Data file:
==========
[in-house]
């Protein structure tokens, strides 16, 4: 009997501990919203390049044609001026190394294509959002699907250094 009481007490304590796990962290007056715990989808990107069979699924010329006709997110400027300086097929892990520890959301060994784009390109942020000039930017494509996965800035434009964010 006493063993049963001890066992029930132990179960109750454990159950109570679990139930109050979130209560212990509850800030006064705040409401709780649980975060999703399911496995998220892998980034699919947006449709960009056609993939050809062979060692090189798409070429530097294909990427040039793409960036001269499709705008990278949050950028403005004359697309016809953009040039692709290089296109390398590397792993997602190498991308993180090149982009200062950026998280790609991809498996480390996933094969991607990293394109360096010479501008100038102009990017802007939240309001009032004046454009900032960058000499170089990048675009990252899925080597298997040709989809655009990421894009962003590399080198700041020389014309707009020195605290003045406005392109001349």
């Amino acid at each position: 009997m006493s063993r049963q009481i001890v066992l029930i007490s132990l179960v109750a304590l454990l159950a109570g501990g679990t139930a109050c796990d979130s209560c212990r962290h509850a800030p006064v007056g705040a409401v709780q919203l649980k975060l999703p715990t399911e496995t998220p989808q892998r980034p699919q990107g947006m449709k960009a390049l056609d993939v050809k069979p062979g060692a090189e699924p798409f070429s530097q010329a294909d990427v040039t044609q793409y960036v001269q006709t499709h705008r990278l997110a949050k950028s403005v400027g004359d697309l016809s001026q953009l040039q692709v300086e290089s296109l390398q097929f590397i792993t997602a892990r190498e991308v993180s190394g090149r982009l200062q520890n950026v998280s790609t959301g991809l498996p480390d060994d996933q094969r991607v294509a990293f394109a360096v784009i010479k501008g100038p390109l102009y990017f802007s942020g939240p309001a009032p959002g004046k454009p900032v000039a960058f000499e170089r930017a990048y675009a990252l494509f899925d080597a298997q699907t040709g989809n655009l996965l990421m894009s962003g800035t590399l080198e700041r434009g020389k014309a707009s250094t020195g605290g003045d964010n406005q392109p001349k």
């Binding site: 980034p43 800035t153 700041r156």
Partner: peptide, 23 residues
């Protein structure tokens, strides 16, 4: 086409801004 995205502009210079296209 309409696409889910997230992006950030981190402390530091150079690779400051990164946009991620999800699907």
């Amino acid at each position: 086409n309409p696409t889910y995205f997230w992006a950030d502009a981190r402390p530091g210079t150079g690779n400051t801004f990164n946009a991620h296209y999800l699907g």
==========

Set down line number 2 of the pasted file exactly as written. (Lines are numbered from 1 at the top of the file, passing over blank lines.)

């Protein structure tokens, strides 16, 4: 009997501990919203390049044609001026190394294509959002699907250094 009481007490304590796990962290007056715990989808990107069979699924010329006709997110400027300086097929892990520890959301060994784009390109942020000039930017494509996965800035434009964010 006493063993049963001890066992029930132990179960109750454990159950109570679990139930109050979130209560212990509850800030006064705040409401709780649980975060999703399911496995998220892998980034699919947006449709960009056609993939050809062979060692090189798409070429530097294909990427040039793409960036001269499709705008990278949050950028403005004359697309016809953009040039692709290089296109390398590397792993997602190498991308993180090149982009200062950026998280790609991809498996480390996933094969991607990293394109360096010479501008100038102009990017802007939240309001009032004046454009900032960058000499170089990048675009990252899925080597298997040709989809655009990421894009962003590399080198700041020389014309707009020195605290003045406005392109001349």